JF:  supported this idea for months—begun to heard from many people outside the meeting that they were uncomfortable with model that CC had come up with.  Last 3-4 months, more and more people were approaching her that the at-large pool was problematic.  Head-to-head races, concentration in one part of the city.  Many people approached her recently and said that they were relieved.

KM:  in the abstract, understand that JF prefer the proposal.  Truth is only 3% supported it.  Would they support it if they knew the roadblocks—EC or City Council?  How divide up districts?  No perfect composition—so many models.  Precedent is important—if so many MA communities support at-large pools, it must work.  Research did not turn up any alarm or reservations by those that CC spoke to. Abstract v. reality is different.

CS:  like Jane, was interested in district model, especially head-to-head races.  Concept of trying to do something in a rush—has broken things that way.  Feels like going down that road.  Have to be able to establish districts as least for the first round—don’t have time.  Don’t have enough dialogue or time for enough dialogue to figure out who will draw districts in the future.  Also drawn people through long process so far, but in past 14 days made a significant fundamental change—would have preferred to have come to this earlier.  But not so opposed to concept of pool that to go in the district direction is better than having had the process so far.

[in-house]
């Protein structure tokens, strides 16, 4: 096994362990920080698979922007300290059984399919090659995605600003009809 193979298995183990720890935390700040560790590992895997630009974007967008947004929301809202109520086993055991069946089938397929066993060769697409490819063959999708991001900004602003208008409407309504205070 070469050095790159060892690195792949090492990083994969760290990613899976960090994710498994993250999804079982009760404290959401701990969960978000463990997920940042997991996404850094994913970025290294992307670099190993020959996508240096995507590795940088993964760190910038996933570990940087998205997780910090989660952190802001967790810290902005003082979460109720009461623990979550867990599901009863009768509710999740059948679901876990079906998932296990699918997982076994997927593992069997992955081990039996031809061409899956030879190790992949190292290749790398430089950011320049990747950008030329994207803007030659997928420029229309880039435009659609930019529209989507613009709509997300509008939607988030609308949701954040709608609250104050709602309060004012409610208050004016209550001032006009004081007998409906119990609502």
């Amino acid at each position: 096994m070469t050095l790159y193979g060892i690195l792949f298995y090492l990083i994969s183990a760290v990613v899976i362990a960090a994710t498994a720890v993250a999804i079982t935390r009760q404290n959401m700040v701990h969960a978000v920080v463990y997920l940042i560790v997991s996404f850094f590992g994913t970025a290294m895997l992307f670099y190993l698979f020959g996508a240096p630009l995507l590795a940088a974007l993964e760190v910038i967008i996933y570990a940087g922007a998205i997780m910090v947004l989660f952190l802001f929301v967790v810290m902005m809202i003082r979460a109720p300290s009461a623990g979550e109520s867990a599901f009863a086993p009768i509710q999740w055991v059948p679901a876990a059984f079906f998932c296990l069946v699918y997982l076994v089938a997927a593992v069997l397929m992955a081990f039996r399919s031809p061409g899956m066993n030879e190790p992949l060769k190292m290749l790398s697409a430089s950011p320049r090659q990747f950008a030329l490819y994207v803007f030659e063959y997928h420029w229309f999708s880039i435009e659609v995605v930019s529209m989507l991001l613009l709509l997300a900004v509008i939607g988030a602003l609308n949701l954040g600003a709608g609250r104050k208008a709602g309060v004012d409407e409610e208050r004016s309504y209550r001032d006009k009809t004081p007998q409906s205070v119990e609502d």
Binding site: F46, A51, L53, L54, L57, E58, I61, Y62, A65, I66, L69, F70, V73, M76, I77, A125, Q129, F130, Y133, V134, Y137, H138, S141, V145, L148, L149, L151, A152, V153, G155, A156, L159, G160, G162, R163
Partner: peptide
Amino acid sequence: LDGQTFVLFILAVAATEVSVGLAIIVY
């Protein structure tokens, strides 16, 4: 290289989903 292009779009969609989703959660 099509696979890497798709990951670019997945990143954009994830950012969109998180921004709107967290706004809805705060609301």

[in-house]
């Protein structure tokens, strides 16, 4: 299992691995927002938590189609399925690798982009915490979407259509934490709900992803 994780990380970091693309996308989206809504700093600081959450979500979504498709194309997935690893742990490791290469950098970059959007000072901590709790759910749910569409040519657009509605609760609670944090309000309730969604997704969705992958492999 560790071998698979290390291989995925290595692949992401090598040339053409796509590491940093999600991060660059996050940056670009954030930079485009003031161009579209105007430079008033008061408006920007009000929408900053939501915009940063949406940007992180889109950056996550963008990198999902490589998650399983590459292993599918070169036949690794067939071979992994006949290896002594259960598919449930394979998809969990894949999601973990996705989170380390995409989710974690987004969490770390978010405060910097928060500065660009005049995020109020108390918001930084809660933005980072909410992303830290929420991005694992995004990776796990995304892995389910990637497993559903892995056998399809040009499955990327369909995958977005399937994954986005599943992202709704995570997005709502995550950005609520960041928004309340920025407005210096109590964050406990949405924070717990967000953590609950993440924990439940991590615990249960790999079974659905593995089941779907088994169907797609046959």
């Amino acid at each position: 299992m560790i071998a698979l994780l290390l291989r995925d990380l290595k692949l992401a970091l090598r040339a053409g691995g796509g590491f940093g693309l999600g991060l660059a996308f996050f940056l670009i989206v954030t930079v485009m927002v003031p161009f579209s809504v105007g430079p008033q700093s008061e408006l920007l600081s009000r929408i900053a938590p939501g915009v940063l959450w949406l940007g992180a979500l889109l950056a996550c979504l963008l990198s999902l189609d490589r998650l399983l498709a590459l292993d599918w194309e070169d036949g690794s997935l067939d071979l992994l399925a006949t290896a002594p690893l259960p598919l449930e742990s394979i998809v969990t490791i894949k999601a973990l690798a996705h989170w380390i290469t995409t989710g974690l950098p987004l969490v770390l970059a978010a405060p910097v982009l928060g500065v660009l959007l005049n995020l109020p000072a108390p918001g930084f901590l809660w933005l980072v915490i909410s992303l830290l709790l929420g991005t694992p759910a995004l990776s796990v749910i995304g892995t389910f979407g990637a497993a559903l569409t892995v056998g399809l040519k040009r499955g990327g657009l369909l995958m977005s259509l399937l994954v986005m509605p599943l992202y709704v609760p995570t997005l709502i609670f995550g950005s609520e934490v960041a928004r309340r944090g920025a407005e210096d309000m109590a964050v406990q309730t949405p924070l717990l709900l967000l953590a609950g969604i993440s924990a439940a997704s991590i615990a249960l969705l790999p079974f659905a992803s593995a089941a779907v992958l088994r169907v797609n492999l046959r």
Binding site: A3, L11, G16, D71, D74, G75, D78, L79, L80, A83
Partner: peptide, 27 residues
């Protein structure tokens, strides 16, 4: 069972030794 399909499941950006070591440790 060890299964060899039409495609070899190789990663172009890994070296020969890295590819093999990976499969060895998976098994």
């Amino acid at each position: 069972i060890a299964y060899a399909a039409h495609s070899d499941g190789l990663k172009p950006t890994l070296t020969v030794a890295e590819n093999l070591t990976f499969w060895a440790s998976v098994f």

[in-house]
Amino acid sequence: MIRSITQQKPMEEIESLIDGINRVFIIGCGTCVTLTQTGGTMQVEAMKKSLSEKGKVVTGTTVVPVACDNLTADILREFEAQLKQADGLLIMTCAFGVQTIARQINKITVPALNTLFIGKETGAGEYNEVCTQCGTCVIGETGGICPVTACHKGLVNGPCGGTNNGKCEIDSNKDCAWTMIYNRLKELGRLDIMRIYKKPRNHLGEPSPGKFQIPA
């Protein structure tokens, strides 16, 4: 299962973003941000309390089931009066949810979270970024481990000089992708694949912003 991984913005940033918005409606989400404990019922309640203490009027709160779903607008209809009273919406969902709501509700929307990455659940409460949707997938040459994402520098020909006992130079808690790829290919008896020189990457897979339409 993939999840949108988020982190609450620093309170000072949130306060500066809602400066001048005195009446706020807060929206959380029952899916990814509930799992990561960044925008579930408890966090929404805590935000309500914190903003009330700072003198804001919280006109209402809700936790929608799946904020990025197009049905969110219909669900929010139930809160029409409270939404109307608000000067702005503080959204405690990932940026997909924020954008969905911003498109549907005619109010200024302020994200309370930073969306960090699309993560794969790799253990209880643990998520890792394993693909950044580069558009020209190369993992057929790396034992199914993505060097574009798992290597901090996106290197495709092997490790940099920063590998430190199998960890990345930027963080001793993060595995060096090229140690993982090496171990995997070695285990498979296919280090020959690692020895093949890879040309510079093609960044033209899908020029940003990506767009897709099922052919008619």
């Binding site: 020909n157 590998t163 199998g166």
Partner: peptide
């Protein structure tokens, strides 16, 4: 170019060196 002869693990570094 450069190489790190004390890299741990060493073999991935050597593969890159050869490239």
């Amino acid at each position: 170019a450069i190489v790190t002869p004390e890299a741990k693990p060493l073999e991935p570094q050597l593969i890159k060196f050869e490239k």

BL:  always been iconoclasts in Newton—size of city council, use of area councils, etc.  Chris raises central question—she likes districts—reviewed arguments and read everything—as talked to people, am more and more comfortable with district model.  Issue about whether we are in a position to make rational and supportable decisions about first iteration of districts.  If CC wanted to, is there enough time in 3 weeks to have a public hearing and to then have enough time to deliberate on what hear that day/evening and finish the report.  If answer is no, then made the decision.  Wouldn’t mind meeting on weekend or several nights in a row.  Is this feasible?

BB:  hear concerns and agree that will have to schedule significant time to take this on.  Going into a holiday weekend, then school vacation, so sets back public hearing as a start.  Limiting factor, could make time to do it, but would have to happen in 1.5-2 weeks.

JF:  short-term questions, and talking a charter than would at least last 50 years.  Willing to put in the work.  Focus on making the right decision.

[Discussion on deadline—May 4th was the agreed upon date.]